The eight-party alliance will meet on Tuesday to conclude whether the Move Forward Party (MFP) will still join them in forming the new government after other parties refused to support the coalition in a prime ministerial vote if MFP stays on.
Over the past couple of days the Pheu Thai Party (PT), which is leading efforts to cobble together a government after MFP failed in its bid to get its own leader elected to the post, has asked parties for their support during the second vote planned for Thursday.
A common response is they could not agree to work with Pheu Thai if MFP, its major coalition partner, stands by its plan to amend Section 112 of the Criminal Code, also known as the lese majeste law, said Pheu Thai leader Cholnan Srikaew.
He was speaking after talks with the Palang Pracharath Party (PPRP) on Sunday. This stance will be reported back to the alliance before any further decisions are made regarding the composition of the coalition, said Dr Cholnan.
Pheu Thai intends to seek talks with all parties, except the Democrat Party, which appears unready for talks as it still is without a party leader.
"Before Pheu Thai nominates its prime ministerial candidate, the alliance will have to conclude how it can secure at least 375 votes in support of the candidate," he said.
Pheu Thai has also decided to send former industry minister Suriya Jungrungreangkit to conduct the talks, starting on Monday, with certain senators individually instead of making it a formal meeting with the Senate, he said.
PPRP secretary-general Santi Promphat said the PPRP finds the MFP's bid to amend the lese majeste law unacceptable and has a firm stance against that.
"The PPRP has also told Pheu Thai so, and that the MFP's intention to amend the lese majeste law is a key factor which could persuade the PPRP to turn down Pheu Thai's offer that it join the new coalition," said Mr Santi.
Meanwhile, Capt Thamanat Prompow, a PPRP MP for Phayao, insisted the PPRP would not nominate Gen Prawit Wongsuwon for a prime ministerial vote because the party missed its target set for the May 14 general election of winning at least 250 House seats.
While waiting for Pheu Thai to form the coalition government, the Senate whip suggested on Sunday that Pheu Thai may consider postponing the next prime ministerial vote to early August if it has yet to muster sufficient support for its candidate and still isn't ready for the next vote.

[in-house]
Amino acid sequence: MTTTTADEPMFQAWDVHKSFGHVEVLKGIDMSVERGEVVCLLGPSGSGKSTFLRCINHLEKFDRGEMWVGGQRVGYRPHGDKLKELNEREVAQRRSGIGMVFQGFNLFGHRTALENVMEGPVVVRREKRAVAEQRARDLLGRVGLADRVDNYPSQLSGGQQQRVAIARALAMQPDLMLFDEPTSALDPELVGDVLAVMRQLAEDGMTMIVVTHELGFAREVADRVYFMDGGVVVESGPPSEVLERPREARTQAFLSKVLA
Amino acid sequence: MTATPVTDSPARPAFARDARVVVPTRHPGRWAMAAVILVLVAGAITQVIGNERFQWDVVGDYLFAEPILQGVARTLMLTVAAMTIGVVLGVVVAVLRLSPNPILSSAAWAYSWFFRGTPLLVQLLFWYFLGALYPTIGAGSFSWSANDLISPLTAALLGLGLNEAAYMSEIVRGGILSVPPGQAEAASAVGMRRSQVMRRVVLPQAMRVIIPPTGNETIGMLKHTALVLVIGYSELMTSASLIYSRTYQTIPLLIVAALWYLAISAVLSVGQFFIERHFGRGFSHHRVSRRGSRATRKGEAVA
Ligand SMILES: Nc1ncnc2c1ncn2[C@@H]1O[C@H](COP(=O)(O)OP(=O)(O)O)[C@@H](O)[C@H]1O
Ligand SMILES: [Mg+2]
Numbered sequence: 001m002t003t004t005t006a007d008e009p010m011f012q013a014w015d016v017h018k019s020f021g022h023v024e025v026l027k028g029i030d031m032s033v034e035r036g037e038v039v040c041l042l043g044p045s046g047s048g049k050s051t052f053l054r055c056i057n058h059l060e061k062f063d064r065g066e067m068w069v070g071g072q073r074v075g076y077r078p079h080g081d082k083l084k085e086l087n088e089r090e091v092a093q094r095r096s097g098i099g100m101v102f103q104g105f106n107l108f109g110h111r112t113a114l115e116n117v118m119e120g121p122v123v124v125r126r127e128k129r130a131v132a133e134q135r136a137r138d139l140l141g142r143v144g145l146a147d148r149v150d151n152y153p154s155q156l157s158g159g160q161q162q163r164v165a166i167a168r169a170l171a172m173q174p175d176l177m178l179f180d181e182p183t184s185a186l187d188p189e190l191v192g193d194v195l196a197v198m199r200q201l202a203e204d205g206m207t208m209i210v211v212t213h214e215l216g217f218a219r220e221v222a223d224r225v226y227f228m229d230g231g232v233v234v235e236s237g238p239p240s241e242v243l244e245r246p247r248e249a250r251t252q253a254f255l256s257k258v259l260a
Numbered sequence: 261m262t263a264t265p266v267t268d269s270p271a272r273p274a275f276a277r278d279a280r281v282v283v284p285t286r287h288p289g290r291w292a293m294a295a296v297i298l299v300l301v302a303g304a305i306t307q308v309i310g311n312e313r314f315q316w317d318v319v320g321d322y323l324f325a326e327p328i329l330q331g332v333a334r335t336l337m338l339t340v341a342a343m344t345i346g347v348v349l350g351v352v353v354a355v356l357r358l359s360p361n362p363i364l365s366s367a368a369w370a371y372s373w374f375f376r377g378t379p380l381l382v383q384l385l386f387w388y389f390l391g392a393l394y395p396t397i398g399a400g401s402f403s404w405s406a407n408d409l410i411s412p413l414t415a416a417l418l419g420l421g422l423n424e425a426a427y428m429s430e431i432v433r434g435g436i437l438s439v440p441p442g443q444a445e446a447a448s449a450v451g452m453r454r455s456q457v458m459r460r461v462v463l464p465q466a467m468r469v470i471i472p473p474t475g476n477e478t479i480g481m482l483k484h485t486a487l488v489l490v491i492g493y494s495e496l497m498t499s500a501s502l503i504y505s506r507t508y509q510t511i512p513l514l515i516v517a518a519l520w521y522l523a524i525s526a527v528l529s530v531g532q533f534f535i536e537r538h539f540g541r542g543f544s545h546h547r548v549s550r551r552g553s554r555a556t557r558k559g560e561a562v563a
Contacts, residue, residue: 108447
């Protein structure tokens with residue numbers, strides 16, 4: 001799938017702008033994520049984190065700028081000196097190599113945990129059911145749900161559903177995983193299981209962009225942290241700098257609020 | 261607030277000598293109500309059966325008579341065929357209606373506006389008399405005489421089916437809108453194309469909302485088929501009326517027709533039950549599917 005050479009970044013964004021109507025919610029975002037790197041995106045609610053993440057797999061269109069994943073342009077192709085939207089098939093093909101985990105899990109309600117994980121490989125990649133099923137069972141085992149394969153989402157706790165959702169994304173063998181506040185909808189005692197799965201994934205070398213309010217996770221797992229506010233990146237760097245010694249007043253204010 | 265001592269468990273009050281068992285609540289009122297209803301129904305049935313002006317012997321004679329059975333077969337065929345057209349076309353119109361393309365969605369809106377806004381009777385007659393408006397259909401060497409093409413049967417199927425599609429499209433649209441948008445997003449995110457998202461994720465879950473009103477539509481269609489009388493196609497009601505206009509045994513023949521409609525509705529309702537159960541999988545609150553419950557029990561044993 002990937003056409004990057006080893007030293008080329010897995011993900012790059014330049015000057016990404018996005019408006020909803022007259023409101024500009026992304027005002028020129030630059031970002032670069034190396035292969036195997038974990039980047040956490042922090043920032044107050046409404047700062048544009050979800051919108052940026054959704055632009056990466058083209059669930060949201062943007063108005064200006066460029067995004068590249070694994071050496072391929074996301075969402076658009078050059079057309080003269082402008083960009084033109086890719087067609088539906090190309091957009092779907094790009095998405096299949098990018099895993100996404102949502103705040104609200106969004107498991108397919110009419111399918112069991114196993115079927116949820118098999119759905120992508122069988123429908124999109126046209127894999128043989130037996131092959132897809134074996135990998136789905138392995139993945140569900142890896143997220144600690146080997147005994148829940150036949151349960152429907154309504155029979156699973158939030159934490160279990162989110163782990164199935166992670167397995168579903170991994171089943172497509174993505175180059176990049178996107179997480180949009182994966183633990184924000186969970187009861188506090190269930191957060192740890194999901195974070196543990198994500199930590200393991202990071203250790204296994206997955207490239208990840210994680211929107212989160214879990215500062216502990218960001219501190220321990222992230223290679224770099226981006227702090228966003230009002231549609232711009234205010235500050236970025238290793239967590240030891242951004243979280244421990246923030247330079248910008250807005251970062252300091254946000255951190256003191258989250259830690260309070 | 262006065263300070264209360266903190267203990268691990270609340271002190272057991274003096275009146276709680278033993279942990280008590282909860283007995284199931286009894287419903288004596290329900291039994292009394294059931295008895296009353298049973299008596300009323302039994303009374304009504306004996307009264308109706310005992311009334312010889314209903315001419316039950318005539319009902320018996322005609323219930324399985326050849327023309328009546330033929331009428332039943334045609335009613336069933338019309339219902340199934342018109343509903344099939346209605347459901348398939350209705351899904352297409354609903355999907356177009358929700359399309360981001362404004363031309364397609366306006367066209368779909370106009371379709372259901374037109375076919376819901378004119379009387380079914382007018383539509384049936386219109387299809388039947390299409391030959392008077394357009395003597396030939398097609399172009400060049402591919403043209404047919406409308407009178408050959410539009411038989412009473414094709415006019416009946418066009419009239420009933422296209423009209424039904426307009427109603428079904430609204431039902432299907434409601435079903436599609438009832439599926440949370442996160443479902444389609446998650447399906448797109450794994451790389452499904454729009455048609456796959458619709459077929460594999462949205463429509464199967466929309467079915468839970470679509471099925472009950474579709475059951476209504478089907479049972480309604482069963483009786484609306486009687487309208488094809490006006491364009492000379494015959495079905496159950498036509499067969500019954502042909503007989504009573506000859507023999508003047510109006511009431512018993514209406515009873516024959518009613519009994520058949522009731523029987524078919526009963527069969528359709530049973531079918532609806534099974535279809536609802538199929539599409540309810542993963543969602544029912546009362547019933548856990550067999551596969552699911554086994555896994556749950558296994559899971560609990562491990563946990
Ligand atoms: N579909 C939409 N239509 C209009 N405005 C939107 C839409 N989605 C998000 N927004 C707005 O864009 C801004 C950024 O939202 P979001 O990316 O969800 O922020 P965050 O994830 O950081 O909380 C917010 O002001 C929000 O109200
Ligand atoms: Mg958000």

First, Pheu Thai will have to clarify which parties will be included in the new coalition it is attempting to form, Senator Somchai Sawangkarn, in his capacity as secretary-general of the Senate whip, said.
Likening the new coalition formation as a wedding, with Pheu Thai as the groom and MFP as the would-be bride, the senator said the groom will have to say clearly who would actually be his bride.
"Make the Senate a scapegoat no more. It'll be ungentlemanly of you to not break up properly with the would-be bride named Move Forward and try to make the Senate announce the break-up for you," said Mr Somchai.
"That will be highly inappropriate. If you aren't ready, don't tie the knot. You had better get everything ready first to ensure the wedding will run smoothly. Picking a prime minister isn't like choosing things at a department store," said the senator.
In another development, Chartthaipattana Party leader Varawut Silpa-archa insisted after a formal meeting with Pheu Thai on Sunday that his party would decide to work with Pheu Thai only when the latter has clearly excluded any parties with an intention to amend or end the lese majeste law.
A group of protesters on Sunday gathered outside Pheu Thai's head office while the party's executives were meeting the PPRP. Protesters demanded Dr Cholnan honour the promise he made on behalf of Pheu Thai on the day they and six other parties signed a memorandum of understanding agreeing to work together.
Now Pheu Thai has turned to work with two military parties in disguise, Dr Cholnan must resign, said the protesters.
Some protesters threw flour at Dr Cholnan and Capt Thamanat when they emerged from the meeting. The incident prompted both Pheu Thai and PPRP politicians to flee the scene through a back exit of the building.
The flour was a reference to Capt Thamanat, who spent four years in an Australian prison for heroin trafficking in the 1990s. When the case came to light in Thailand years later, he claimed the substance was flour.
Ruling on the Thamanat case in 2021, the Constitutional Court said that being convicted of a major felony in another country is not a barrier to serving as an MP in Thailand.
One of the protesters was identified as Thanalop “Yok” Phalanchai, a 15-year-old activist released from a juvenile centre in Nakhon Pathom while on a royal defamation charge..